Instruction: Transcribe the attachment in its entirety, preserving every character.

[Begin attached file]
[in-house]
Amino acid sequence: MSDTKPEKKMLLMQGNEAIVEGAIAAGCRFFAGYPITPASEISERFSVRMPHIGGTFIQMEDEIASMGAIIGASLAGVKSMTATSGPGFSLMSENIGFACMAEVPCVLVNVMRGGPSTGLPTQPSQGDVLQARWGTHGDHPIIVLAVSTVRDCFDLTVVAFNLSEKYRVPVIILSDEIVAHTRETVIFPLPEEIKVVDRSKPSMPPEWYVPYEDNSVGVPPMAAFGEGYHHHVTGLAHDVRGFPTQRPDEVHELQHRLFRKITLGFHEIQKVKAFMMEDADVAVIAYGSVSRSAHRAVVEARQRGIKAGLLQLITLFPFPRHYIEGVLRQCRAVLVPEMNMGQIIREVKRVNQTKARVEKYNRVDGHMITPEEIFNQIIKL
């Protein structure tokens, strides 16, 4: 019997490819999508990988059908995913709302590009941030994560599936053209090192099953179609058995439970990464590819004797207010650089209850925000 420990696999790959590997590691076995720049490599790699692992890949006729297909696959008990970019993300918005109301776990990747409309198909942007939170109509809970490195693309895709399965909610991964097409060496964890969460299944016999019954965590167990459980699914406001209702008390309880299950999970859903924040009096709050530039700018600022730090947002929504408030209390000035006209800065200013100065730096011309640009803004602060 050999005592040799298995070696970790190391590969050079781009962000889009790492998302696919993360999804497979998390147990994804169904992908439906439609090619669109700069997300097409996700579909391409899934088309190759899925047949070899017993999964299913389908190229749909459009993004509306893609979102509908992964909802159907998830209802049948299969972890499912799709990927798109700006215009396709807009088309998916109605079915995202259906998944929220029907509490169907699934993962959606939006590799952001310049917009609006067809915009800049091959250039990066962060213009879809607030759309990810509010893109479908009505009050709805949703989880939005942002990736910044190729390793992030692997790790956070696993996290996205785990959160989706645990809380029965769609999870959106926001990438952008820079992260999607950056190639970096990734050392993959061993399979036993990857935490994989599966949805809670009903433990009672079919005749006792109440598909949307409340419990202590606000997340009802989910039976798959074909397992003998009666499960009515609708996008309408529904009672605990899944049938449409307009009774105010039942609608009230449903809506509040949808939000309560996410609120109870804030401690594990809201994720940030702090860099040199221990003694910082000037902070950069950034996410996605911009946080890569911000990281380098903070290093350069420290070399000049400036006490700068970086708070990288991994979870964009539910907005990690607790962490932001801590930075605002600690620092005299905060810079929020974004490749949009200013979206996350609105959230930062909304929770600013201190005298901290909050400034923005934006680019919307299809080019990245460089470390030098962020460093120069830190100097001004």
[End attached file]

[in-house]
Amino acid sequence: MSDTKPEKKMLLMQGNEAIVEGAIAAGCRFFAGYPITPASEISERFSVRMPHIGGTFIQMEDEIASMGAIIGASLAGVKSMTATSGPGFSLMSENIGFACMAEVPCVLVNVMRGGPSTGLPTQPSQGDVLQARWGTHGDHPIIVLAVSTVRDCFDLTVVAFNLSEKYRVPVIILSDEIVAHTRETVIFPLPEEIKVVDRSKPSMPPEWYVPYEDNSVGVPPMAAFGEGYHHHVTGLAHDVRGFPTQRPDEVHELQHRLFRKITLGFHEIQKVKAFMMEDADVAVIAYGSVSRSAHRAVVEARQRGIKAGLLQLITLFPFPRHYIEGVLRQCRAVLVPEMNMGQIIREVKRVNQTKARVEKYNRVDGHMITPEEIFNQIIKL
């Protein structure tokens, strides 16, 4: 019997490819999508990988059908995913709302590009941030994560599936053209090192099953179609058995439970990464590819004797207010650089209850925000 420990696999790959590997590691076995720049490599790699692992890949006729297909696959008990970019993300918005109301776990990747409309198909942007939170109509809970490195693309895709399965909610991964097409060496964890969460299944016999019954965590167990459980699914406001209702008390309880299950999970859903924040009096709050530039700018600022730090947002929504408030209390000035006209800065200013100065730096011309640009803004602060 050999005592040799298995070696970790190391590969050079781009962000889009790492998302696919993360999804497979998390147990994804169904992908439906439609090619669109700069997300097409996700579909391409899934088309190759899925047949070899017993999964299913389908190229749909459009993004509306893609979102509908992964909802159907998830209802049948299969972890499912799709990927798109700006215009396709807009088309998916109605079915995202259906998944929220029907509490169907699934993962959606939006590799952001310049917009609006067809915009800049091959250039990066962060213009879809607030759309990810509010893109479908009505009050709805949703989880939005942002990736910044190729390793992030692997790790956070696993996290996205785990959160989706645990809380029965769609999870959106926001990438952008820079992260999607950056190639970096990734050392993959061993399979036993990857935490994989599966949805809670009903433990009672079919005749006792109440598909949307409340419990202590606000997340009802989910039976798959074909397992003998009666499960009515609708996008309408529904009672605990899944049938449409307009009774105010039942609608009230449903809506509040949808939000309560996410609120109870804030401690594990809201994720940030702090860099040199221990003694910082000037902070950069950034996410996605911009946080890569911000990281380098903070290093350069420290070399000049400036006490700068970086708070990288991994979870964009539910907005990690607790962490932001801590930075605002600690620092005299905060810079929020974004490749949009200013979206996350609105959230930062909304929770600013201190005298901290909050400034923005934006680019919307299809080019990245460089470390030098962020460093120069830190100097001004």